High Density Lipoprotein (HDL) cholesterol is called “good cholesterol” because higher levels of HDL protect against the development of arteriosclerosis by scavenging excess cholesterol from the walls of the blood vessels. The HDL level can be increased with exercise and niacin. Studies show that the higher the level of HDL the lower the risk for heart disease. Levels of HDL that are under 40 represent a particular concern.

Ultra-sensitive Thyroid Stimulating Hormone
is the hormone that stimulates thyroid hormone production. Elevated levels of TSH indicate blood levels of thyroid hormone are inadequate. Low levels of TSH indicate that the thyroid may be overactive. If patients are already taking thyroid hormone, TSH can be used to ensure that the correct amount of hormone is being administered.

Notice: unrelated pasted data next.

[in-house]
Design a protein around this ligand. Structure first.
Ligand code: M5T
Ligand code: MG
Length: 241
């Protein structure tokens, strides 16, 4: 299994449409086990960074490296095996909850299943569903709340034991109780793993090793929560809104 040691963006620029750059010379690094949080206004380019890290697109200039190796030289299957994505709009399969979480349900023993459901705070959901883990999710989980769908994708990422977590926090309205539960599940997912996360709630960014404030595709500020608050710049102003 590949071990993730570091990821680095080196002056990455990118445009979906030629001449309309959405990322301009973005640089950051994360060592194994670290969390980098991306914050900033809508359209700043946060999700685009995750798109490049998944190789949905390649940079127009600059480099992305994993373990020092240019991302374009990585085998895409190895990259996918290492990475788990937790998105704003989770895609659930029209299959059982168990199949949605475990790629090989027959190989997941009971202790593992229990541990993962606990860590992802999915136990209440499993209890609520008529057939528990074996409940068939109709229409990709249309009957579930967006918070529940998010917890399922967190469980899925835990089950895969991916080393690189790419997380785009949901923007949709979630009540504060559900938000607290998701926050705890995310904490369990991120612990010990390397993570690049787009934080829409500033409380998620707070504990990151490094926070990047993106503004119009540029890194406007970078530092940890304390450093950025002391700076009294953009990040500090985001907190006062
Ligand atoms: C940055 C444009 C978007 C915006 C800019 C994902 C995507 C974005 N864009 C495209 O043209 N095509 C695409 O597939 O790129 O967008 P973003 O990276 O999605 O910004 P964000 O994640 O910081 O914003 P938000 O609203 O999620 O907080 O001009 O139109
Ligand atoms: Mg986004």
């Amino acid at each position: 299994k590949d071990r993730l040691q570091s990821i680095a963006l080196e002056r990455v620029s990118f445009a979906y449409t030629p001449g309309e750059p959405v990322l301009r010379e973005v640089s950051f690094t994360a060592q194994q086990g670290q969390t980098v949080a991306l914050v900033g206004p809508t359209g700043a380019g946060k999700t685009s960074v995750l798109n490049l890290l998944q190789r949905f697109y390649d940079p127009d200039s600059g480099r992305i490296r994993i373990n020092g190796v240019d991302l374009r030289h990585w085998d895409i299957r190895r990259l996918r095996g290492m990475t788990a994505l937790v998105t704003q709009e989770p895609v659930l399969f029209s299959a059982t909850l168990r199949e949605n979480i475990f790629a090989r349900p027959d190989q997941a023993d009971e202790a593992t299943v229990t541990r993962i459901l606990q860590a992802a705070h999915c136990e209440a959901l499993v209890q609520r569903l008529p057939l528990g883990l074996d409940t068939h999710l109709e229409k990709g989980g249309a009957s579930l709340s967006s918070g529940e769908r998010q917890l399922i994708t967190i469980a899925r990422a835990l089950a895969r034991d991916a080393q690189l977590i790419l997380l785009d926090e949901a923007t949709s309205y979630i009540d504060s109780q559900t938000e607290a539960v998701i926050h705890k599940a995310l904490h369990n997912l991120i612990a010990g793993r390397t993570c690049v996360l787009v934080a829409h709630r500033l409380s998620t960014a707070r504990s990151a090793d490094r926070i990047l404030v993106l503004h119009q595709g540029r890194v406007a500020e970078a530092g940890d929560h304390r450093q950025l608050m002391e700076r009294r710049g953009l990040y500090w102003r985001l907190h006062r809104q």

C-Reactive Protein (CRP) is a protein marker for inflammation. Elevated levels are usually caused by infections and arthritic conditions. More recent studies have shown that abnormal levels are also associated with an increased risk of heart attacks and colon cancer, so CRP results are now given equal weight to CHOL results.

For more information about various tests, see:

Lab Tests Online

Life Extension Foundation